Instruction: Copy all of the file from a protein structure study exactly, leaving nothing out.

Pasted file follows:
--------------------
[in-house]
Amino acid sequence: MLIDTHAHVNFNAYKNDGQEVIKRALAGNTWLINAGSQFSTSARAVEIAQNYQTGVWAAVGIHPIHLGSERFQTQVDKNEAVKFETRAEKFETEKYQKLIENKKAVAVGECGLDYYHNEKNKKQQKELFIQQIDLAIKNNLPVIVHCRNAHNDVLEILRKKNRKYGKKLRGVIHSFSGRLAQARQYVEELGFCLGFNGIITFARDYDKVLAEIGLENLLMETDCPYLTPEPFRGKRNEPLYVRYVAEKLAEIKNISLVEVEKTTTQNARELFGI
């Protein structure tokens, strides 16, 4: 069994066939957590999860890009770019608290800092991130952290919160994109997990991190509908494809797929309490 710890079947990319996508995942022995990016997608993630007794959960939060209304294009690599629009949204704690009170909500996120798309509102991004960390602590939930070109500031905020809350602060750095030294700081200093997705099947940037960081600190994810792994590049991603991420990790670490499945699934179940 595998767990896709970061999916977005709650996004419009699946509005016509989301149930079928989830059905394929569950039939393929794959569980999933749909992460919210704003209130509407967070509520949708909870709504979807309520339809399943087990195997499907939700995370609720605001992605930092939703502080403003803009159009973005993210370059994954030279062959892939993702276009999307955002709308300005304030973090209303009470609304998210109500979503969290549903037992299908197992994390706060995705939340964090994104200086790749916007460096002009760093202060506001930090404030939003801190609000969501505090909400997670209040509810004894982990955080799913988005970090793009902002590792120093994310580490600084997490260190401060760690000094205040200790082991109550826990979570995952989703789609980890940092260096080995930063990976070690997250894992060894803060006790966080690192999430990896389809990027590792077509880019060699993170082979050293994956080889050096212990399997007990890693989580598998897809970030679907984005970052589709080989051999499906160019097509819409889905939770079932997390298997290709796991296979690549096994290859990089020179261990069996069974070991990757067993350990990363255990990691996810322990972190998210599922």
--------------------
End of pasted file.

[in-house]
Amino acid sequence: MLIDTHAHVNFNAYKNDGQEVIKRALAGNTWLINAGSQFSTSARAVEIAQNYQTGVWAAVGIHPIHLGSERFQTQVDKNEAVKFETRAEKFETEKYQKLIENKKAVAVGECGLDYYHNEKNKKQQKELFIQQIDLAIKNNLPVIVHCRNAHNDVLEILRKKNRKYGKKLRGVIHSFSGRLAQARQYVEELGFCLGFNGIITFARDYDKVLAEIGLENLLMETDCPYLTPEPFRGKRNEPLYVRYVAEKLAEIKNISLVEVEKTTTQNARELFGI
């Protein structure tokens, strides 16, 4: 069994066939957590999860890009770019608290800092991130952290919160994109997990991190509908494809797929309490 710890079947990319996508995942022995990016997608993630007794959960939060209304294009690599629009949204704690009170909500996120798309509102991004960390602590939930070109500031905020809350602060750095030294700081200093997705099947940037960081600190994810792994590049991603991420990790670490499945699934179940 595998767990896709970061999916977005709650996004419009699946509005016509989301149930079928989830059905394929569950039939393929794959569980999933749909992460919210704003209130509407967070509520949708909870709504979807309520339809399943087990195997499907939700995370609720605001992605930092939703502080403003803009159009973005993210370059994954030279062959892939993702276009999307955002709308300005304030973090209303009470609304998210109500979503969290549903037992299908197992994390706060995705939340964090994104200086790749916007460096002009760093202060506001930090404030939003801190609000969501505090909400997670209040509810004894982990955080799913988005970090793009902002590792120093994310580490600084997490260190401060760690000094205040200790082991109550826990979570995952989703789609980890940092260096080995930063990976070690997250894992060894803060006790966080690192999430990896389809990027590792077509880019060699993170082979050293994956080889050096212990399997007990890693989580598998897809970030679907984005970052589709080989051999499906160019097509819409889905939770079932997390298997290709796991296979690549096994290859990089020179261990069996069974070991990757067993350990990363255990990691996810322990972190998210599922």